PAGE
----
Enter the education interview. When asked if you got a 1098-T, say no. Answer yes when asked if you qualify for an exception. A form 1098-T was made a requirement for the education credits a couple of years ago. However, if you qualify for an exception, you may still claim the AOC, without a 1098-T. If you attended an eligible institution, you most likely qualify for an exception. Scholarships being more than tuition is a common reason for the school not issuing a 1098-T
"However, a taxpayer may claim one of these education
benefits if the student doesn’t receive a Form 1098-T because
the student’s educational institution isn’t required to send a
Form 1098-T to the student under existing rules (for example, if
the student is a nonresident alien, has qualified education
expenses paid entirely with scholarships, or has qualified
education expenses paid under a formal billing arrangement). If a
student’s educational institution isn’t required to provide a Form
1098-T to the student, a taxpayer may claim one of these
education benefits without a Form 1098-T if the taxpayer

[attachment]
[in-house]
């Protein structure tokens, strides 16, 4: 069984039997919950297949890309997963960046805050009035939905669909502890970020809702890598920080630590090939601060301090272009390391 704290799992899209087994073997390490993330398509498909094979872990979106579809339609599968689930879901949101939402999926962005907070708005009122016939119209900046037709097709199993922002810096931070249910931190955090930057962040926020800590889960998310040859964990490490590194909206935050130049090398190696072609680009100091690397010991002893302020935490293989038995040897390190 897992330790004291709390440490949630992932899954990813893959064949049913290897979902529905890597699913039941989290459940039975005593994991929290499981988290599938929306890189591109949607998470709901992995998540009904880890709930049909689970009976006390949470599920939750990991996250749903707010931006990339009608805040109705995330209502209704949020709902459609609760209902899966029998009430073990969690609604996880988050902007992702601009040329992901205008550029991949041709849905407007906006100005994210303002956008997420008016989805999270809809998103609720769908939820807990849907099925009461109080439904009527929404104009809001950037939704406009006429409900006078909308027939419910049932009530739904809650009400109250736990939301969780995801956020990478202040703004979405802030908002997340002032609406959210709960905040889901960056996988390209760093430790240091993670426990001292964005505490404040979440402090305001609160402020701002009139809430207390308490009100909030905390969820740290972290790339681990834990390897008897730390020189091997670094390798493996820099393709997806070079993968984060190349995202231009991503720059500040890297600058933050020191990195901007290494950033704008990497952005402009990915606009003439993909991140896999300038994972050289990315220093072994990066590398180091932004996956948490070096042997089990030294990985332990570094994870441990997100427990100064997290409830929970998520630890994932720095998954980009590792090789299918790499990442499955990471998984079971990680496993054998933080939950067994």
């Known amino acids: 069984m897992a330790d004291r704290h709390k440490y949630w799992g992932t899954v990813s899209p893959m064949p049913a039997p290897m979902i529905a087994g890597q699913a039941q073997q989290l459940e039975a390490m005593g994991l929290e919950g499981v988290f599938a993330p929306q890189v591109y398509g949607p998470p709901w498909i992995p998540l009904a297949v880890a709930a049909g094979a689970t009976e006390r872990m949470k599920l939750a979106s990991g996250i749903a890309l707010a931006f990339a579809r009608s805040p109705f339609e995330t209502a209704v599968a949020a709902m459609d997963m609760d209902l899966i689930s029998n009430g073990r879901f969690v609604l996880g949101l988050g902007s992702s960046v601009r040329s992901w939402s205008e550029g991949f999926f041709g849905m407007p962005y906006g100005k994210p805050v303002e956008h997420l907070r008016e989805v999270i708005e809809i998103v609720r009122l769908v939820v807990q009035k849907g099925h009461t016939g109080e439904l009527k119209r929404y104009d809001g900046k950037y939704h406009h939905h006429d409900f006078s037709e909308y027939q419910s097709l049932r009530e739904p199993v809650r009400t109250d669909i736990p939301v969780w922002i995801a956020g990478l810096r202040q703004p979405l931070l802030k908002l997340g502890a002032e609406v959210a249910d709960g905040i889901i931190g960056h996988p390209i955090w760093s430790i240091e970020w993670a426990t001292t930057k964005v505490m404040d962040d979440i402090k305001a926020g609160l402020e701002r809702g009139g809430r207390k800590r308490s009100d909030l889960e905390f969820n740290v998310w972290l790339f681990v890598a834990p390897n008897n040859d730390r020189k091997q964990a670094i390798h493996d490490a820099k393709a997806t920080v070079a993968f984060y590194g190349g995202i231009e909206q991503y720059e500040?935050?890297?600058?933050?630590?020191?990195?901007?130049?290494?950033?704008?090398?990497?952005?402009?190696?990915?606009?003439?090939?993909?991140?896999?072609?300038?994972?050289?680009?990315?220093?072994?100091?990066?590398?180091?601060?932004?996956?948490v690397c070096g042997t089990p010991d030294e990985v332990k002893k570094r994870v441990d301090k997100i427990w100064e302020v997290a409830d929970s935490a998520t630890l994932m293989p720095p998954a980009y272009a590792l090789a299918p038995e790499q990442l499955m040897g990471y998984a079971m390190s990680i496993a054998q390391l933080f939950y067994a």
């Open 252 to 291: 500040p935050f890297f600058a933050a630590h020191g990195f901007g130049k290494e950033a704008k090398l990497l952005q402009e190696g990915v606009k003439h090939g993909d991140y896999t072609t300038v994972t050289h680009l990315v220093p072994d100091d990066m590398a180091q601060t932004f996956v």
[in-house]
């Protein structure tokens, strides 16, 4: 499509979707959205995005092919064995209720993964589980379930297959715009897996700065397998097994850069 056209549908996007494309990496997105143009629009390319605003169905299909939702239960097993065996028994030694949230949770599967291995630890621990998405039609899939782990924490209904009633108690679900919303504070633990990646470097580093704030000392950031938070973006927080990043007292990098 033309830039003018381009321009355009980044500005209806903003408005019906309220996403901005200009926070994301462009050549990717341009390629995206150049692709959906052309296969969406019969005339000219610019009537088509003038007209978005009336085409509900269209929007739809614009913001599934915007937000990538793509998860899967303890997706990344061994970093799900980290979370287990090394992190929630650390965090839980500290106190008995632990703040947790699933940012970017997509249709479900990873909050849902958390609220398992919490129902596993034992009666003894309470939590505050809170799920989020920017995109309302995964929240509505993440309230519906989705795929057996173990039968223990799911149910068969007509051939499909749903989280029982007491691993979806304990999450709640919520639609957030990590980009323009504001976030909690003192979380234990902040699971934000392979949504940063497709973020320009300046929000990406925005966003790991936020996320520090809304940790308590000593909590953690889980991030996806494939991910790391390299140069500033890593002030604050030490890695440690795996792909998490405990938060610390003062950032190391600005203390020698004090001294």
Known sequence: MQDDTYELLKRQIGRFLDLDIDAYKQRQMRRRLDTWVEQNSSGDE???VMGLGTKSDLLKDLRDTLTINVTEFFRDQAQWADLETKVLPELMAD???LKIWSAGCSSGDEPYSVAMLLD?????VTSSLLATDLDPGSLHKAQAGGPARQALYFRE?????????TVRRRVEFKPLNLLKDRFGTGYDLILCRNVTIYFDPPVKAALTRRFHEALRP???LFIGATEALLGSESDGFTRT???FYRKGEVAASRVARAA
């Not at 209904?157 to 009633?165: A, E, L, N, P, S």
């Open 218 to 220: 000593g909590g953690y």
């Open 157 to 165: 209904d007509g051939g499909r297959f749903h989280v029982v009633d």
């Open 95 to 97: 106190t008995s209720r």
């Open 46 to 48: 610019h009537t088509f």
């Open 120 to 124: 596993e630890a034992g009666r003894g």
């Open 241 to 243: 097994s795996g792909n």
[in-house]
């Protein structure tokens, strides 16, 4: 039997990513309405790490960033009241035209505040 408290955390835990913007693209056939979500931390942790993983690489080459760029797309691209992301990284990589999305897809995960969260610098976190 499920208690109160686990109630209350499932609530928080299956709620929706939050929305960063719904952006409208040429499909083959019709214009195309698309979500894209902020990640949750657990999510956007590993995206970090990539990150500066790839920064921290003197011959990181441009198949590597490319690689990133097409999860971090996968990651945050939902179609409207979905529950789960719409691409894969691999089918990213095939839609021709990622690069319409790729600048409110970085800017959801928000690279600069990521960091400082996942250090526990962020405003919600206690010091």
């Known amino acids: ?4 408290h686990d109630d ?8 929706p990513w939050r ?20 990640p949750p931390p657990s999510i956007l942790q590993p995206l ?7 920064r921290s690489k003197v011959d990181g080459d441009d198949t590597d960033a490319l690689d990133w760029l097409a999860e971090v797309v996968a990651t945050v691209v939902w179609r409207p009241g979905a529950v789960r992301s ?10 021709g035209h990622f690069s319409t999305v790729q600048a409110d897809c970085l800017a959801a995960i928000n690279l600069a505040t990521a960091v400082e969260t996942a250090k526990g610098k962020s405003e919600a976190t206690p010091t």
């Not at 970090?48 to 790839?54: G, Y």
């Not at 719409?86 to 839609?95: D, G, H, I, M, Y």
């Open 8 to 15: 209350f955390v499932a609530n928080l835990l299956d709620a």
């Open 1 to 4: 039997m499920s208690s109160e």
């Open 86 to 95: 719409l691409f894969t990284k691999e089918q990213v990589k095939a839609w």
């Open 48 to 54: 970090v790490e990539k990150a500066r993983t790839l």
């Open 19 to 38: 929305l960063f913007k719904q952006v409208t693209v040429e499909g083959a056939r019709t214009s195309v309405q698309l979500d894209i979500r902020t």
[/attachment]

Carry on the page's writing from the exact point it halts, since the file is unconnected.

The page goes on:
otherwise qualifies, can demonstrate that the taxpayer (or a
dependent) was enrolled at an eligible educational institution,
and can substantiate the payment of qualified tuition and related
There is a tax “loop hole” available. The student reports all his scholarship, up to the amount needed to claim the American Opportunity Credit (AOC), as income on his return. That way, the parents (or himself, if he is not a dependent) can claim the tuition credit on their return. They can do this because that much tuition was no longer paid by "tax free" scholarship. You cannot do this if the school’s billing statement specifically shows the scholarships being applied to tuition or if the conditions of the grant are that it be used to pay for qualified expenses.
Using an example: Student has $10,000 in box 5 of the 1098-T and $8000 in box 1. At first glance he/she has $2000 of taxable income and nobody can claim the American opportunity credit. But if she reports $6000 as income on her return, the parents can claim $4000 of qualified expenses on their return.
Books and computers are also qualifying expenses for the AOC. So, extending the example, the student had another $1000 in expenses for those course materials, paid out of pocket, she would only need to report $5000 of taxable scholarship income, instead of $6000.